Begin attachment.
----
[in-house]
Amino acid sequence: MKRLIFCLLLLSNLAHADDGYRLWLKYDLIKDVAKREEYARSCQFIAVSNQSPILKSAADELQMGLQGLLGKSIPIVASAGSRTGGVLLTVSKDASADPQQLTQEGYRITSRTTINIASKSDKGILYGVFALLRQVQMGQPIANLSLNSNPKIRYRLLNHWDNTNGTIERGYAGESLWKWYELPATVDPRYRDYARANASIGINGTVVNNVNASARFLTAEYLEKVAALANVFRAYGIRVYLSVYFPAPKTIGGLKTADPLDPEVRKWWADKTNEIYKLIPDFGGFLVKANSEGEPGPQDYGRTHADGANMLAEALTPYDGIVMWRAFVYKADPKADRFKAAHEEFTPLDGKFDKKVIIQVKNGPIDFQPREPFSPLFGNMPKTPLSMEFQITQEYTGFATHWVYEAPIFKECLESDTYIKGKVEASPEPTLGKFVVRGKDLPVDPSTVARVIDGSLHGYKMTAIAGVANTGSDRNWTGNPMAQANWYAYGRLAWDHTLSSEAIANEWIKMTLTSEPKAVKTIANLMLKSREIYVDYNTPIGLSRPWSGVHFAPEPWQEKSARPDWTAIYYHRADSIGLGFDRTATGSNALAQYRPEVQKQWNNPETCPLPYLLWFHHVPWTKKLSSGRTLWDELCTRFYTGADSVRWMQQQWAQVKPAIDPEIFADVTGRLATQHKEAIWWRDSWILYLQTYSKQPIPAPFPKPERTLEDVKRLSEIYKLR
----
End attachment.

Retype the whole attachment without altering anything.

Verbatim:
[in-house]
Amino acid sequence: MKRLIFCLLLLSNLAHADDGYRLWLKYDLIKDVAKREEYARSCQFIAVSNQSPILKSAADELQMGLQGLLGKSIPIVASAGSRTGGVLLTVSKDASADPQQLTQEGYRITSRTTINIASKSDKGILYGVFALLRQVQMGQPIANLSLNSNPKIRYRLLNHWDNTNGTIERGYAGESLWKWYELPATVDPRYRDYARANASIGINGTVVNNVNASARFLTAEYLEKVAALANVFRAYGIRVYLSVYFPAPKTIGGLKTADPLDPEVRKWWADKTNEIYKLIPDFGGFLVKANSEGEPGPQDYGRTHADGANMLAEALTPYDGIVMWRAFVYKADPKADRFKAAHEEFTPLDGKFDKKVIIQVKNGPIDFQPREPFSPLFGNMPKTPLSMEFQITQEYTGFATHWVYEAPIFKECLESDTYIKGKVEASPEPTLGKFVVRGKDLPVDPSTVARVIDGSLHGYKMTAIAGVANTGSDRNWTGNPMAQANWYAYGRLAWDHTLSSEAIANEWIKMTLTSEPKAVKTIANLMLKSREIYVDYNTPIGLSRPWSGVHFAPEPWQEKSARPDWTAIYYHRADSIGLGFDRTATGSNALAQYRPEVQKQWNNPETCPLPYLLWFHHVPWTKKLSSGRTLWDELCTRFYTGADSVRWMQQQWAQVKPAIDPEIFADVTGRLATQHKEAIWWRDSWILYLQTYSKQPIPAPFPKPERTLEDVKRLSEIYKLR